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Nakuru farmer increases milk production by letting cows watch TV

A farmer in Nakuru has confirmed that the milk output in dairy cows increases with the introduction of entertainment in the sheds.

Mr. Peter Mathenge, who was challenged to try out the strategy by a Dutch farmer, has installed a television set in his cow shed, which normally plays music videos all day long, and he confesses that he has seen a tremendous improvement in production.

“They (cows) used to produce between 27 and 30 litres (per cow) a day, but after introducing the music system, the yields went up,” said Mathenge in an interview with KBC.

“The music and activities like TV watching relieve the animals, such that they are not stressed and are comfortable.”

But Mr. Mathenge’s test was not just based on an old-farmer’s experience. The effect of entertainment on cow milk yield has been a subject of scientific studies.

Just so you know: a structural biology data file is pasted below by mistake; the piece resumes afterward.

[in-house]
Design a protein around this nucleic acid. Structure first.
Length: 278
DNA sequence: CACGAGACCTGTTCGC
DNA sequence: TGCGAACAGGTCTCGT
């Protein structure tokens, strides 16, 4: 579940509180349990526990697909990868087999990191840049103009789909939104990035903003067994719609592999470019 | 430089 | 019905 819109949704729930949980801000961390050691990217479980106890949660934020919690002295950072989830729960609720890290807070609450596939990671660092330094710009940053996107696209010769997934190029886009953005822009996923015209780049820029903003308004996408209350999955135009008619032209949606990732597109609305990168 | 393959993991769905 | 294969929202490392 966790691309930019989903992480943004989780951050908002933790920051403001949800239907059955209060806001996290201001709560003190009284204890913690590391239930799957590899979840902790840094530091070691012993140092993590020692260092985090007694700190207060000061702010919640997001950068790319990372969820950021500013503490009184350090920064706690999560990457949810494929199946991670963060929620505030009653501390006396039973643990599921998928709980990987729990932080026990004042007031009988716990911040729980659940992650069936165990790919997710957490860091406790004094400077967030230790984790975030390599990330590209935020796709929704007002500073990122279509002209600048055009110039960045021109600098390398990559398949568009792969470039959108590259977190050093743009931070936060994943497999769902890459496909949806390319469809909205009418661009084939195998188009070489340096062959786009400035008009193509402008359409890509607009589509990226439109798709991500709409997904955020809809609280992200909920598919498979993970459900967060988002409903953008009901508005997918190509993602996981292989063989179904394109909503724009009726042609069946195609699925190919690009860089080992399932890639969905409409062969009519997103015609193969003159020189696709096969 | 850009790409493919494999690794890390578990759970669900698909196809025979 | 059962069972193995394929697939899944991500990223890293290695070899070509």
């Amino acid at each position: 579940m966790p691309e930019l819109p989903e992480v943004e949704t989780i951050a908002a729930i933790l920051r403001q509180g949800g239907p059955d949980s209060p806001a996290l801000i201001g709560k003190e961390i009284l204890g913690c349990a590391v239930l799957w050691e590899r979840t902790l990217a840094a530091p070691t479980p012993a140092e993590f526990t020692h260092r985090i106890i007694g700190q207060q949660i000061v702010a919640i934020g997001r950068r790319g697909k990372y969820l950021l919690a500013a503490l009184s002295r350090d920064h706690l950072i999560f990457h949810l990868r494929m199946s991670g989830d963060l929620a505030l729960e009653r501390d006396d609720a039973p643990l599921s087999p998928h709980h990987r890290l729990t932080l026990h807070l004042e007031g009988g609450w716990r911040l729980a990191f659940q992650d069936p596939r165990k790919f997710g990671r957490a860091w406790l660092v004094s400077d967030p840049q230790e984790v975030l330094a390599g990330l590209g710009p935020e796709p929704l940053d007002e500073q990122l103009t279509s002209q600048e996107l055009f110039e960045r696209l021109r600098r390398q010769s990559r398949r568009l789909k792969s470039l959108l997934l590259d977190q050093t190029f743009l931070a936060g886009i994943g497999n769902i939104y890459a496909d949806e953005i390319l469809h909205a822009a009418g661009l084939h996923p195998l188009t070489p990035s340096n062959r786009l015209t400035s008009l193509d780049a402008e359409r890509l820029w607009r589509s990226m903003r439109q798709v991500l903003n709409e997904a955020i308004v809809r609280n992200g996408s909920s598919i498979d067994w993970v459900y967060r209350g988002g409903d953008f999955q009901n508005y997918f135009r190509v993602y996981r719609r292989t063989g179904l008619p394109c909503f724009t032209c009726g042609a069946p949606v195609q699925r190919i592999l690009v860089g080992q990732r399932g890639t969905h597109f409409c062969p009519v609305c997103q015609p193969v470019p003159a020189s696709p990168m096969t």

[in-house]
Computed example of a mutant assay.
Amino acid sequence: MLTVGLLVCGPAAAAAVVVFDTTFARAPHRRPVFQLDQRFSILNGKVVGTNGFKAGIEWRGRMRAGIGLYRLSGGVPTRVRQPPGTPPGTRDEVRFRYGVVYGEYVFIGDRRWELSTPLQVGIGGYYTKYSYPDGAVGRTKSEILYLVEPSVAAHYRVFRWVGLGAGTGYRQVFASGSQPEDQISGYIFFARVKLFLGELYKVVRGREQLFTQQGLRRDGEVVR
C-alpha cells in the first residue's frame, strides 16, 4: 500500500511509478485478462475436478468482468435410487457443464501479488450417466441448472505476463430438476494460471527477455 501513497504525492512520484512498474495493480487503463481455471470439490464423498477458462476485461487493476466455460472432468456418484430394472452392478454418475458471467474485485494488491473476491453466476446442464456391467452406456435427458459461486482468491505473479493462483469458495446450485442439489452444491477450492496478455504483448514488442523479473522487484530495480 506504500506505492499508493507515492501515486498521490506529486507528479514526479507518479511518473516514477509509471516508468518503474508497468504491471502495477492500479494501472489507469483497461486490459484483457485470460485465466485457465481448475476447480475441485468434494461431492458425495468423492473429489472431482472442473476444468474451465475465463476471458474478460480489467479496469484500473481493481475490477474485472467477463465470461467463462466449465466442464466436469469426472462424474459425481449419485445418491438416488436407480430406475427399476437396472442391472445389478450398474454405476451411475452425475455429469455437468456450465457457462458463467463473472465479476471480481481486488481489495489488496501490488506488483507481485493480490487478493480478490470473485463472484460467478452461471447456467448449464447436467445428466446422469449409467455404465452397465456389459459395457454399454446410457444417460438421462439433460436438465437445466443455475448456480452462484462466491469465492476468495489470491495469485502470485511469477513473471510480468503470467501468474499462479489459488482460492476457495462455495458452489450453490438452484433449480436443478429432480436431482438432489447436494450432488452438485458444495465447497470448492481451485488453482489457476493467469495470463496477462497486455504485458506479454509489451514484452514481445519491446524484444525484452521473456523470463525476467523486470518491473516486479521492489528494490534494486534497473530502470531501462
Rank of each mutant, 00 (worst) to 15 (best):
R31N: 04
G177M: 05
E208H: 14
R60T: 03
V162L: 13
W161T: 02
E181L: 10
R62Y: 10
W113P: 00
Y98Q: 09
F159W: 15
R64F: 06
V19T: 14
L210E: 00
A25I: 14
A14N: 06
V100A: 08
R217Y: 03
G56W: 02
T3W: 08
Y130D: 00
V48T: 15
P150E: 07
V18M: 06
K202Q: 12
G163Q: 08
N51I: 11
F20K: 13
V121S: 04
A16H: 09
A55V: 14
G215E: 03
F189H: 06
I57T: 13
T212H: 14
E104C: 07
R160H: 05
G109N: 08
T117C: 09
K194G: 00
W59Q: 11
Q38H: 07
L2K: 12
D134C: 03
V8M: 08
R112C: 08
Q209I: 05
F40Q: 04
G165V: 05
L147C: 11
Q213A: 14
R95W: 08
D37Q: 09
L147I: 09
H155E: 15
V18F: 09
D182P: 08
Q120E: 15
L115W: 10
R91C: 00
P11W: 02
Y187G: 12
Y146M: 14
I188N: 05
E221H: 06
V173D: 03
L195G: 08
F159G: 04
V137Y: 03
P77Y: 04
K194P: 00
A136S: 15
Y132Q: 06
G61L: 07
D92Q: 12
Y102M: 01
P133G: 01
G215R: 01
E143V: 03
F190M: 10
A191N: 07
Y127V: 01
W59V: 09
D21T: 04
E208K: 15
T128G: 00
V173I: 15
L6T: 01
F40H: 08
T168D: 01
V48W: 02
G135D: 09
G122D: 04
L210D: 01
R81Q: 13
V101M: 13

Earlier study

Researchers at the University of Leicester’s School of Psychology spent time playing lots of different tunes to cows to find out if it had any effect on milk production.

The study was carried out at LCAH Dairies in Lincolnshire and the Bishop Burton Agricultural College in Humberside, both in the UK.

One thousand Friesian cows were exposed to fast, slow and no music for 12 hours a day, from 5am to 5pm, over the course of nine weeks.

Genre of music

The researchers found out that cows exposed to slow, relaxing music produced 3 per cent more milk (0.73l) than those which were either exposed to fast music or none at all.

“We found that slow music improved milk yields perhaps because it relaxes the cows in much the same way as it relaxes humans,”  Dr Adrian North, who carried out the study with colleague Liam MacKenzie said in an interview with BBC.


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